This book covers scientific skepticism as a way of approaching life. The most important section is the tools being laid out for the reader in order to evaluate things skeptically. These are neuropsychological humility, metacognition, promotion of science/reason/critical thinking, detecting pseudo science, free enquiry and consumer protection. These chapters provide scientific basis for why skeptical thought is necessary both as a means of self reflection as well as observing reality. I found the ...more
Liz De Coster
An okay introduction to skepticism, but I'm wondering if the language will appeal to real "newbies". Certainly it's important to be specific and precise when possible, but if the basic terminology includes phrases like "neuropsychological humility" it might be difficult for some readers to engage with the material.
Pasquale Galati
Oct 15, 2018 rated it it was amazing  ·  review of another edition
This book was highly anticipated and did not disappoint. If you're just starting out or well versed in skeptic thinking, this book makes sense. It's easy to read and easy to follow. I highly recommend it to anyone who loves science, wants to think more critically, or aid in knowledgeable discussion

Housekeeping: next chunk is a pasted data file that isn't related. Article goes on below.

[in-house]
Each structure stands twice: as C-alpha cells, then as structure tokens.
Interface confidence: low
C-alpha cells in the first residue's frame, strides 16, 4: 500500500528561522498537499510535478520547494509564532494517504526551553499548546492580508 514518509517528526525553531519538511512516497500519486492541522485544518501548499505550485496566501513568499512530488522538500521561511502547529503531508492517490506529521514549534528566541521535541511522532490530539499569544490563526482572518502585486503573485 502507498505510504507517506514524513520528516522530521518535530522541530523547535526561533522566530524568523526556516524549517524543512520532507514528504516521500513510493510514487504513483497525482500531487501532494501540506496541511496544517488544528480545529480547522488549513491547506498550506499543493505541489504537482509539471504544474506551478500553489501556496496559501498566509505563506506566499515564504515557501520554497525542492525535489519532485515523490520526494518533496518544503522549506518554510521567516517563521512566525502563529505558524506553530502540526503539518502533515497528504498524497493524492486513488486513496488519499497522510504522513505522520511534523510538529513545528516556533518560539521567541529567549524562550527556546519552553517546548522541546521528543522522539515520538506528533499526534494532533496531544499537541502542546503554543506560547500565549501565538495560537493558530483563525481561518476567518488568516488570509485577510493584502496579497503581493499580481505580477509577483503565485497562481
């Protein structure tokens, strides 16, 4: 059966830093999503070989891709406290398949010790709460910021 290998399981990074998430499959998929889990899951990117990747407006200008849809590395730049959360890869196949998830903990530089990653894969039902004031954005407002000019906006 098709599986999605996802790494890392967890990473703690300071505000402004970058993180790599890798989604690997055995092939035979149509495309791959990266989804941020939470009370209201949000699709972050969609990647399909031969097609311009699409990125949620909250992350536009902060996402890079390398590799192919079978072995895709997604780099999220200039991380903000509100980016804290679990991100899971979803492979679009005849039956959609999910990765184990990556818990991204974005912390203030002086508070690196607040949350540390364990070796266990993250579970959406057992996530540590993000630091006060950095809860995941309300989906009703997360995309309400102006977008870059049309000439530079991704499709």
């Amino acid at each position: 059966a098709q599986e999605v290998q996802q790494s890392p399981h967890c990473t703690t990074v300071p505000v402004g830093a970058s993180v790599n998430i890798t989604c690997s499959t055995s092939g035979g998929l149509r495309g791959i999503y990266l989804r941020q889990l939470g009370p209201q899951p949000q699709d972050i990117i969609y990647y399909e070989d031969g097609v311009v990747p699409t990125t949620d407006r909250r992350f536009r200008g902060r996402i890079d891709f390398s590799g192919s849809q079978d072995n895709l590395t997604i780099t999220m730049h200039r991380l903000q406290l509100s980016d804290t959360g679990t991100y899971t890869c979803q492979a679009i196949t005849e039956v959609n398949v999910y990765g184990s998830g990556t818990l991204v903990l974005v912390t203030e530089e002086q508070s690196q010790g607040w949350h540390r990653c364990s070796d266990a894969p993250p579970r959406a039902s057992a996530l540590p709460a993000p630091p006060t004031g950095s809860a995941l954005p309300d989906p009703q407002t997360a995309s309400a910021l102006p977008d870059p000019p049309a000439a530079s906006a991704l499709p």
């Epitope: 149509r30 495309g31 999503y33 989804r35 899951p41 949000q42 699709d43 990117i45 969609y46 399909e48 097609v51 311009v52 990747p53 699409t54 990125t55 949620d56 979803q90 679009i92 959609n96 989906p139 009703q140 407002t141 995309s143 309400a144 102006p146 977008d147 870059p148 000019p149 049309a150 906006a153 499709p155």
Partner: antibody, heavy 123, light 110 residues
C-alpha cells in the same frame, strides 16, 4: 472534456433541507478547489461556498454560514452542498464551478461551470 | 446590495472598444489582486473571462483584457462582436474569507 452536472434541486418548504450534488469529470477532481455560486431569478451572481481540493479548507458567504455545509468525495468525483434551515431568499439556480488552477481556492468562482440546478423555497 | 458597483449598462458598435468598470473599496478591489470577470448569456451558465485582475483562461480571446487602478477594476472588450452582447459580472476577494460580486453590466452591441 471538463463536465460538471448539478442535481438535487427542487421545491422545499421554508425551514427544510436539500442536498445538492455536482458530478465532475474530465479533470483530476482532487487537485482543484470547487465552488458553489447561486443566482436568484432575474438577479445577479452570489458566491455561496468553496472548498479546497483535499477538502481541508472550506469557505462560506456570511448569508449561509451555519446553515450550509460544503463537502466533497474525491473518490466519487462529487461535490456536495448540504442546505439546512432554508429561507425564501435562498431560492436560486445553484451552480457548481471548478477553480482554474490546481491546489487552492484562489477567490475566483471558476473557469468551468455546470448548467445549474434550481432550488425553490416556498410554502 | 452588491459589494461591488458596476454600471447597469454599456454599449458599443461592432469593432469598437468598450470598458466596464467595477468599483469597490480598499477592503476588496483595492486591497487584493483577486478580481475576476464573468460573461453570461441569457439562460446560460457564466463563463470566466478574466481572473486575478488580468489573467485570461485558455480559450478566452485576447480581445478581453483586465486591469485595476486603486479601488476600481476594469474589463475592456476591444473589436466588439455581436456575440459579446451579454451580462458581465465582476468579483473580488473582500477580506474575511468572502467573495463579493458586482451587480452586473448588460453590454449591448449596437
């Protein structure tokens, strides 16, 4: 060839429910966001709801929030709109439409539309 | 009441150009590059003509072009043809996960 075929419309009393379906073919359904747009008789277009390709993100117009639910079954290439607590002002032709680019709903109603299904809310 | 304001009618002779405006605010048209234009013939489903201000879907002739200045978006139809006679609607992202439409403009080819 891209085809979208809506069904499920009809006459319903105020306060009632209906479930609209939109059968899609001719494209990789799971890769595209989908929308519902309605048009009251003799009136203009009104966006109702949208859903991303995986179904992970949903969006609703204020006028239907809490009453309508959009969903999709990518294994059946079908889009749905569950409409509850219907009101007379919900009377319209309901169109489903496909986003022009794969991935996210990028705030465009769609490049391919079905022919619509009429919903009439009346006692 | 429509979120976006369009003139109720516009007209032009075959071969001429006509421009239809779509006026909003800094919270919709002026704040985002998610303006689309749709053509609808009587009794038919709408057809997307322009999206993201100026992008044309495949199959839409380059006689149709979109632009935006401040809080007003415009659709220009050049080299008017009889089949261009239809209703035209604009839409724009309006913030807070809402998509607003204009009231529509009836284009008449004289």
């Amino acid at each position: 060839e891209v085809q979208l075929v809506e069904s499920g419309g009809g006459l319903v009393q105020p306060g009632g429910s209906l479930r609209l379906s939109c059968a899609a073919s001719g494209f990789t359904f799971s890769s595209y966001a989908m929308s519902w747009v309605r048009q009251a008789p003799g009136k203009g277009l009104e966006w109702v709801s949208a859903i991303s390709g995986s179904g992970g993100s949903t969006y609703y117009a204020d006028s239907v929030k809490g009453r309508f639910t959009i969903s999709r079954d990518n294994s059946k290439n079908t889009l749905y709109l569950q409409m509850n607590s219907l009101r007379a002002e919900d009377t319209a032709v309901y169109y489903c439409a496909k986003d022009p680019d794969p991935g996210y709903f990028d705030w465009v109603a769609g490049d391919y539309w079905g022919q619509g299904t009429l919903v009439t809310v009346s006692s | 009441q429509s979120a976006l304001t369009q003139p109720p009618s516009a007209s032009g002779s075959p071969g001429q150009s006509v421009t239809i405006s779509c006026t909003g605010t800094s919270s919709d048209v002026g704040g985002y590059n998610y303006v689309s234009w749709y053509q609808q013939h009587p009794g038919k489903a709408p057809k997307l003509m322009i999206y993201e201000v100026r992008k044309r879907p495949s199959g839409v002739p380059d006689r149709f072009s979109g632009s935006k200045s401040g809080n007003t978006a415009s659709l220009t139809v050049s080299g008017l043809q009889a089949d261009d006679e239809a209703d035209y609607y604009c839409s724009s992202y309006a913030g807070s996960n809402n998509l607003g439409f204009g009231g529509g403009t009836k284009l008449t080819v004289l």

Todd Martin
Jan 15, 2019 rated it liked it
I’m a big fan of The Skeptics' Guide to the Universe podcast, which is dedicated to the promotion of science and critical thinking. If you aren’t familiar with it, I would urge you check it out. As an outgrowth of the podcast the self-proclaimed ‘skeptical rogues’ produced a new book called The Skeptics' Guide to the Universe: How to Know What's Really Real in a World Increasingly Full of Fake. The book covers many of the fundamentals upon which the podcast is based in that it delves into the mu ...more
Dec 26, 2018 rated it it was amazing